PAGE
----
Bicholes are common in parts of Africa, but the practice is banned in many of the continent’s largest cities.
They’re popular among the wealthy, but are also an integral part of traditional African households and are thought to be responsible for a number of ailments, including cancer, diabetes, and malnutrition.
The Centers for Disease Control and Prevention (CDC) has warned of the dangers of bichole poisoning.
Some of the most dangerous forms of biclopidine, a synthetic version of baclofen, are believed to come from bicholics.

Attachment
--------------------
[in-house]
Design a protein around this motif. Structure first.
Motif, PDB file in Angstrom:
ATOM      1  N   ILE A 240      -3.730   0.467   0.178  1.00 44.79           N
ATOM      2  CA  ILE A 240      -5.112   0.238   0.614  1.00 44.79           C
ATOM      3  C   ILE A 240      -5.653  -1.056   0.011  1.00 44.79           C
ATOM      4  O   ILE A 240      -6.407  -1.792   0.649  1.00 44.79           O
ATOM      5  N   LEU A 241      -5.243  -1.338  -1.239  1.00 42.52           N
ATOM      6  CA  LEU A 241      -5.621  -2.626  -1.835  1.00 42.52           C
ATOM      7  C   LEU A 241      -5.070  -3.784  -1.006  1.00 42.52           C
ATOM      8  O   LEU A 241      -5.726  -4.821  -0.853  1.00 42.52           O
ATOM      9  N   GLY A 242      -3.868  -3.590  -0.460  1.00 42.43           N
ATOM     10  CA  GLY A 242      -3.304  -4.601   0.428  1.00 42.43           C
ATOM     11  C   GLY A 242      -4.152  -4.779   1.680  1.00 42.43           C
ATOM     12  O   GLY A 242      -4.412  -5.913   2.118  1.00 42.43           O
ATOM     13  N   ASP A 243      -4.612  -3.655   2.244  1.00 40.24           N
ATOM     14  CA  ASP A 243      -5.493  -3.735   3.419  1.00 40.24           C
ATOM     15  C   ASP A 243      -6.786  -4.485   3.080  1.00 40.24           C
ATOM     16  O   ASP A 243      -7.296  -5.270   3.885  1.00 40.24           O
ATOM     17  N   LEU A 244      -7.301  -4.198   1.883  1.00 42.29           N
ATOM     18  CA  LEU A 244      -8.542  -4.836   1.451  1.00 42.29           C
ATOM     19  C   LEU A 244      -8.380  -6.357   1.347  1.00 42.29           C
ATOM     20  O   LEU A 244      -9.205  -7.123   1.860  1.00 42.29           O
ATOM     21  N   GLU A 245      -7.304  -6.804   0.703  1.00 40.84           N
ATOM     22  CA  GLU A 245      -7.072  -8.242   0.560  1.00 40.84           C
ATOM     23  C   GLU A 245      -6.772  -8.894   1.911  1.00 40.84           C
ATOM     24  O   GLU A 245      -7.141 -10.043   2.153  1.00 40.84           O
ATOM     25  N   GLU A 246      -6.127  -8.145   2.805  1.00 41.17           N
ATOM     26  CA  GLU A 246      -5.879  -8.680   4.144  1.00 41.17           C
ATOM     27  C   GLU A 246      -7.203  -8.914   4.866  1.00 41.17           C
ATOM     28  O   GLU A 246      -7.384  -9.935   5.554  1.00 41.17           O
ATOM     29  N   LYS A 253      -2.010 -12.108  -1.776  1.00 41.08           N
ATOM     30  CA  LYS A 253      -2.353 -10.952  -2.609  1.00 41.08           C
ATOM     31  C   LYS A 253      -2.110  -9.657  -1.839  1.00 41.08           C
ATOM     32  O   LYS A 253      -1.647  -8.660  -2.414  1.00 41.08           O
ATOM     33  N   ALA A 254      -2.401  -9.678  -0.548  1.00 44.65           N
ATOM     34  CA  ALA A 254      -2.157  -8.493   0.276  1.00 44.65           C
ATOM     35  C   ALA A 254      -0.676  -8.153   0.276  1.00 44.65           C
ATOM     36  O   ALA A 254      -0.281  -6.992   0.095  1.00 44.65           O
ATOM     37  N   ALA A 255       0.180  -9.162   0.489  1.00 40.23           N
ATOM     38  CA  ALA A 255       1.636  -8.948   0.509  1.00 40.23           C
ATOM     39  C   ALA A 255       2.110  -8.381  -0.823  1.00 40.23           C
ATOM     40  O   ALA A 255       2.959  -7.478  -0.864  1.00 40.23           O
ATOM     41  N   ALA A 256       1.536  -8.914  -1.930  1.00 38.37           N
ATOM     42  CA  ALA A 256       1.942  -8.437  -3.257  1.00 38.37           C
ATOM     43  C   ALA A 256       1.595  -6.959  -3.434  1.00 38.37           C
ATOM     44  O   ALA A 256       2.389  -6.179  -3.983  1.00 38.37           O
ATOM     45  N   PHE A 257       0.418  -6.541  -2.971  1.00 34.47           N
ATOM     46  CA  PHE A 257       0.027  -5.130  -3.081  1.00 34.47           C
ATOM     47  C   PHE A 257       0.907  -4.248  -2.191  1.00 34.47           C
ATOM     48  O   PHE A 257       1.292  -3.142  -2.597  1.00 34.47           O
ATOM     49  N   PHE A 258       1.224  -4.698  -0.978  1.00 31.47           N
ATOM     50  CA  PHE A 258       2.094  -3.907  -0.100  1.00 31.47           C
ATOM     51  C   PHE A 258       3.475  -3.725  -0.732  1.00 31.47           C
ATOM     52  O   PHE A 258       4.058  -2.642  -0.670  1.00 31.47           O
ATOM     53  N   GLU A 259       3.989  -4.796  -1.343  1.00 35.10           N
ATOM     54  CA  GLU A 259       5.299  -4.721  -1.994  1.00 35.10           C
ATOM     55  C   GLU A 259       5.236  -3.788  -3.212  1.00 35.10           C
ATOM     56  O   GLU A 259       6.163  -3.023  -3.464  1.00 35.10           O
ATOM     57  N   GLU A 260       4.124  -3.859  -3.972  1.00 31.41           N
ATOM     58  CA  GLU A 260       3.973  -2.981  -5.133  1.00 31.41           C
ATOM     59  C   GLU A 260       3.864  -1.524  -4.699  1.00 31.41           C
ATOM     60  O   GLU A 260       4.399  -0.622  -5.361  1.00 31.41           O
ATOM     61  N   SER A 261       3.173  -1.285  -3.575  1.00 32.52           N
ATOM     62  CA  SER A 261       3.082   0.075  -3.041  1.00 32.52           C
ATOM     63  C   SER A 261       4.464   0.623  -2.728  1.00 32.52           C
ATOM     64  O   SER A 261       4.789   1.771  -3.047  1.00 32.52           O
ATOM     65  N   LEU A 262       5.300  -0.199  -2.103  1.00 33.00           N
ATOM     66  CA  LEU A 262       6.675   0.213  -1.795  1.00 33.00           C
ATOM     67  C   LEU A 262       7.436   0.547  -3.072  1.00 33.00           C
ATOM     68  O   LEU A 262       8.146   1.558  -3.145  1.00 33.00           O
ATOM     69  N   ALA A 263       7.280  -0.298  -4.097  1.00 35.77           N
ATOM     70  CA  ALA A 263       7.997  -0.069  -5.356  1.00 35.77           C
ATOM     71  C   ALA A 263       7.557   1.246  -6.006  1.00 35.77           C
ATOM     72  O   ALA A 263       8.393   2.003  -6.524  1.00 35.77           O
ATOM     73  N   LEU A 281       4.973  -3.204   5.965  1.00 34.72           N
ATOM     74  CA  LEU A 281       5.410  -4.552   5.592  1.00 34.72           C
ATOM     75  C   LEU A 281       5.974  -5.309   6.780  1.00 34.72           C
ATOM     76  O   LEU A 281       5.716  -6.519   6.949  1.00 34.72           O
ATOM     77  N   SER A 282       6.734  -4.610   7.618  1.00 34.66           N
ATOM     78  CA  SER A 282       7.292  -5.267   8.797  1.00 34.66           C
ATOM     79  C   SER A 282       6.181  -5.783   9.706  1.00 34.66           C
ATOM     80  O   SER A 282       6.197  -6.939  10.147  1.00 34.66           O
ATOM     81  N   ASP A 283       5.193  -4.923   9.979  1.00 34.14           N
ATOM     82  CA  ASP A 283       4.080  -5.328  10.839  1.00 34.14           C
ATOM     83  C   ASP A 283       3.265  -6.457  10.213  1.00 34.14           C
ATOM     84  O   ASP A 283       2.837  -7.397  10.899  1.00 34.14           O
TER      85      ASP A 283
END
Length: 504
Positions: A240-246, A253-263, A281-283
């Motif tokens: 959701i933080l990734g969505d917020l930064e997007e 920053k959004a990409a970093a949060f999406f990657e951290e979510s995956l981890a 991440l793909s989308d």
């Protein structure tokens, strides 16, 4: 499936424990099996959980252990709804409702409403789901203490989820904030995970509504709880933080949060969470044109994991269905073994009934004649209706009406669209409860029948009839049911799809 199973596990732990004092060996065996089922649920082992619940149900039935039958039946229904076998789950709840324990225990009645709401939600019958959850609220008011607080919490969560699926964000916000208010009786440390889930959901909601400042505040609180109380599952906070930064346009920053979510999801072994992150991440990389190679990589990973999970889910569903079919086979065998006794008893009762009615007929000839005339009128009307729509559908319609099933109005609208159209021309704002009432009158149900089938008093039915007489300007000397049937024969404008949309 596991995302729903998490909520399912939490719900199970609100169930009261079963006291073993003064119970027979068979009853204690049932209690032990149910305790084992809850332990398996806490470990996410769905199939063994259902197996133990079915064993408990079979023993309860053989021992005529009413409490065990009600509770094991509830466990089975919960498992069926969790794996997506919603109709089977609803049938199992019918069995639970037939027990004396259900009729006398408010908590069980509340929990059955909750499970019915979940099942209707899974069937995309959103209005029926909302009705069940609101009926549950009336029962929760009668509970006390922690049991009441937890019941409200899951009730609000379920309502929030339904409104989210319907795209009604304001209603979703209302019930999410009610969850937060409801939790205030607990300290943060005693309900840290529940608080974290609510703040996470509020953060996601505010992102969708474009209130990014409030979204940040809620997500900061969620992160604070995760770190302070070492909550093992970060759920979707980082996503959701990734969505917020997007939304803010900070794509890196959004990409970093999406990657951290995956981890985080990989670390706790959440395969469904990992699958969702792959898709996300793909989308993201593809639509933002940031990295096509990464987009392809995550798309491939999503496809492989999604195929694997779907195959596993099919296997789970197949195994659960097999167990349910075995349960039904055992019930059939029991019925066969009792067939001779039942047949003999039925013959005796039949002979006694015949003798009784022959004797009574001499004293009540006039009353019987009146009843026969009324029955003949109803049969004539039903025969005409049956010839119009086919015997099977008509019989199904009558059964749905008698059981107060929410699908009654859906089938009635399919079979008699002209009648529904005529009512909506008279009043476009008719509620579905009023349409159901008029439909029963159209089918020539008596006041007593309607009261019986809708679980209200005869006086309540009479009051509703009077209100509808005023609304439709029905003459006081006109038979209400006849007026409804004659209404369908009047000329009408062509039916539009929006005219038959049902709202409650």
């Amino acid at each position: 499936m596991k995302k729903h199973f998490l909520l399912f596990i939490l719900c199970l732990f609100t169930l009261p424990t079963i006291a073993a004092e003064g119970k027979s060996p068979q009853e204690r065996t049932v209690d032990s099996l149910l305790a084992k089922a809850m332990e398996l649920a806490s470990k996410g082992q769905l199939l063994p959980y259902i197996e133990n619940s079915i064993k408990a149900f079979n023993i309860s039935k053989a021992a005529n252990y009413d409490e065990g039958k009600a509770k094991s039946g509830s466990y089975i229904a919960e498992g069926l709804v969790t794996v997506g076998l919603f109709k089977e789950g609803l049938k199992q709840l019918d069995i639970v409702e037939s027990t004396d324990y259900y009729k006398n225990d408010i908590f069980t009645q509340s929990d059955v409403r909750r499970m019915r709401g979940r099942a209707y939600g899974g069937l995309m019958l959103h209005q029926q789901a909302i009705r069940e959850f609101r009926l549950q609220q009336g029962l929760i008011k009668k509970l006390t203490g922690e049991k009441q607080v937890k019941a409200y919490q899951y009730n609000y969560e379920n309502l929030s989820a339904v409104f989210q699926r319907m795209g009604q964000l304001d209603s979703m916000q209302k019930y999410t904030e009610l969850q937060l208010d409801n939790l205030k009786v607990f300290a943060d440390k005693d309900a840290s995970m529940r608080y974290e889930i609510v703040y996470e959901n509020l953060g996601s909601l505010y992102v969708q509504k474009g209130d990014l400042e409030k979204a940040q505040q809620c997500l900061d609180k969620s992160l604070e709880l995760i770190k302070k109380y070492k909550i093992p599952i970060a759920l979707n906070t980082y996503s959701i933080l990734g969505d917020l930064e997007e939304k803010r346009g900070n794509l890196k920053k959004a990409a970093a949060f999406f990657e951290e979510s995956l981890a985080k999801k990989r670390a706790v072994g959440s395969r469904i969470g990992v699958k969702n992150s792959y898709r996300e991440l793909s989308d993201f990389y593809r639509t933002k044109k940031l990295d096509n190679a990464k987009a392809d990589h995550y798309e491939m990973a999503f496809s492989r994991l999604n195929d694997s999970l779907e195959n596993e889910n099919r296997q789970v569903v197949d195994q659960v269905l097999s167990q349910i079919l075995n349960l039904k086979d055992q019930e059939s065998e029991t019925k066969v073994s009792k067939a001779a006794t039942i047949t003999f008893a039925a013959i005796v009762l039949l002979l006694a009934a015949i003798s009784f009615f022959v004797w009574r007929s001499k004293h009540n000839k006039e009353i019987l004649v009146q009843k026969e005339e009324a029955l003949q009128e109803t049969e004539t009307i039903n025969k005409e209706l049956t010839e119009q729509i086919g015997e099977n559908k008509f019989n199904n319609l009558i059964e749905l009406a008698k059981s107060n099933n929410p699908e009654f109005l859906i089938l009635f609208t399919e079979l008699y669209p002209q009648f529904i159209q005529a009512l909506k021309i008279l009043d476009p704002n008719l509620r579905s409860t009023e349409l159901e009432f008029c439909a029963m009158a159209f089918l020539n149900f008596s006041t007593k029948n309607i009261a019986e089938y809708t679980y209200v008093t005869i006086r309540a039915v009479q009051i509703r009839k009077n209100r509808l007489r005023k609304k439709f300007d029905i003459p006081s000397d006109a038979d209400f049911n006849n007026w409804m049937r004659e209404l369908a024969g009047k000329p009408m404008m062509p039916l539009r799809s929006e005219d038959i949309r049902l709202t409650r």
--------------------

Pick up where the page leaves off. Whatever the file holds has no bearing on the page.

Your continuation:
Bicholes can be an attractive way for people to escape poverty and hunger.
They can also be a source of a dangerous drug known as bacloprid, which can cause liver and kidney damage.
There are about 7 million bicholas in Africa, according to the Bicholima Association of Nigeria.
In an effort to combat bichola, the U.N. Development Program (UNDP) has set up an Ebola Task Force to track the spread of the disease.
The U.S. has also announced it will send a special envoy to Nigeria to assist in efforts to stop the spread.